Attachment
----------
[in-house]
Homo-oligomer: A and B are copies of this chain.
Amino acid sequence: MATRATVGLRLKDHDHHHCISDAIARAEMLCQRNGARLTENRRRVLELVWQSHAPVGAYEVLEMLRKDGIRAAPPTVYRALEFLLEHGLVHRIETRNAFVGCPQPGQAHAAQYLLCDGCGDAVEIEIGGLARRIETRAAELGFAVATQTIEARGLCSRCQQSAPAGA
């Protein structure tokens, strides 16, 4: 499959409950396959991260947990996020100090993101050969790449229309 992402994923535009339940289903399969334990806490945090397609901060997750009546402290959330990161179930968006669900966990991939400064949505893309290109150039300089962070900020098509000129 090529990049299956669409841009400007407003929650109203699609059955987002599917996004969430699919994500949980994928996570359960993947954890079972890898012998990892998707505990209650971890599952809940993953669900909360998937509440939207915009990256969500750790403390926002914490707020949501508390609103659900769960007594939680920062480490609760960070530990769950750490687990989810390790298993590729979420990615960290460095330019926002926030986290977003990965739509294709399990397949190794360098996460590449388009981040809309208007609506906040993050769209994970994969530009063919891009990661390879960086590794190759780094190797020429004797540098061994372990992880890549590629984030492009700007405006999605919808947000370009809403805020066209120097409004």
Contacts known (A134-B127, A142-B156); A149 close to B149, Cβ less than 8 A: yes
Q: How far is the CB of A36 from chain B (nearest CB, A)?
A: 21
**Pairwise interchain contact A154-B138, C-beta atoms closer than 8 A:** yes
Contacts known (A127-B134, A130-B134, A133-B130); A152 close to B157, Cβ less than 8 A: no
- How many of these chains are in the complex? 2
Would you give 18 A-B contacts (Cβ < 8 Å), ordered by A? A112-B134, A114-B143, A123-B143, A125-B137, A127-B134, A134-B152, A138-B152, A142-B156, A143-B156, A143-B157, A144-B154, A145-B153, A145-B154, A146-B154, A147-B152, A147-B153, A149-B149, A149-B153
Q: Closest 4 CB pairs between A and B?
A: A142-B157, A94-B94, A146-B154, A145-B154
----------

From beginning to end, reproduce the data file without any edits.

[in-house]
Homo-oligomer: A and B are copies of this chain.
Amino acid sequence: MATRATVGLRLKDHDHHHCISDAIARAEMLCQRNGARLTENRRRVLELVWQSHAPVGAYEVLEMLRKDGIRAAPPTVYRALEFLLEHGLVHRIETRNAFVGCPQPGQAHAAQYLLCDGCGDAVEIEIGGLARRIETRAAELGFAVATQTIEARGLCSRCQQSAPAGA
């Protein structure tokens, strides 16, 4: 499959409950396959991260947990996020100090993101050969790449229309 992402994923535009339940289903399969334990806490945090397609901060997750009546402290959330990161179930968006669900966990991939400064949505893309290109150039300089962070900020098509000129 090529990049299956669409841009400007407003929650109203699609059955987002599917996004969430699919994500949980994928996570359960993947954890079972890898012998990892998707505990209650971890599952809940993953669900909360998937509440939207915009990256969500750790403390926002914490707020949501508390609103659900769960007594939680920062480490609760960070530990769950750490687990989810390790298993590729979420990615960290460095330019926002926030986290977003990965739509294709399990397949190794360098996460590449388009981040809309208007609506906040993050769209994970994969530009063919891009990661390879960086590794190759780094190797020429004797540098061994372990992880890549590629984030492009700007405006999605919808947000370009809403805020066209120097409004």
Contacts known (A134-B127, A142-B156); A149 close to B149, Cβ less than 8 A: yes
Q: How far is the CB of A36 from chain B (nearest CB, A)?
A: 21
**Pairwise interchain contact A154-B138, C-beta atoms closer than 8 A:** yes
Contacts known (A127-B134, A130-B134, A133-B130); A152 close to B157, Cβ less than 8 A: no
- How many of these chains are in the complex? 2
Would you give 18 A-B contacts (Cβ < 8 Å), ordered by A? A112-B134, A114-B143, A123-B143, A125-B137, A127-B134, A134-B152, A138-B152, A142-B156, A143-B156, A143-B157, A144-B154, A145-B153, A145-B154, A146-B154, A147-B152, A147-B153, A149-B149, A149-B153
Q: Closest 4 CB pairs between A and B?
A: A142-B157, A94-B94, A146-B154, A145-B154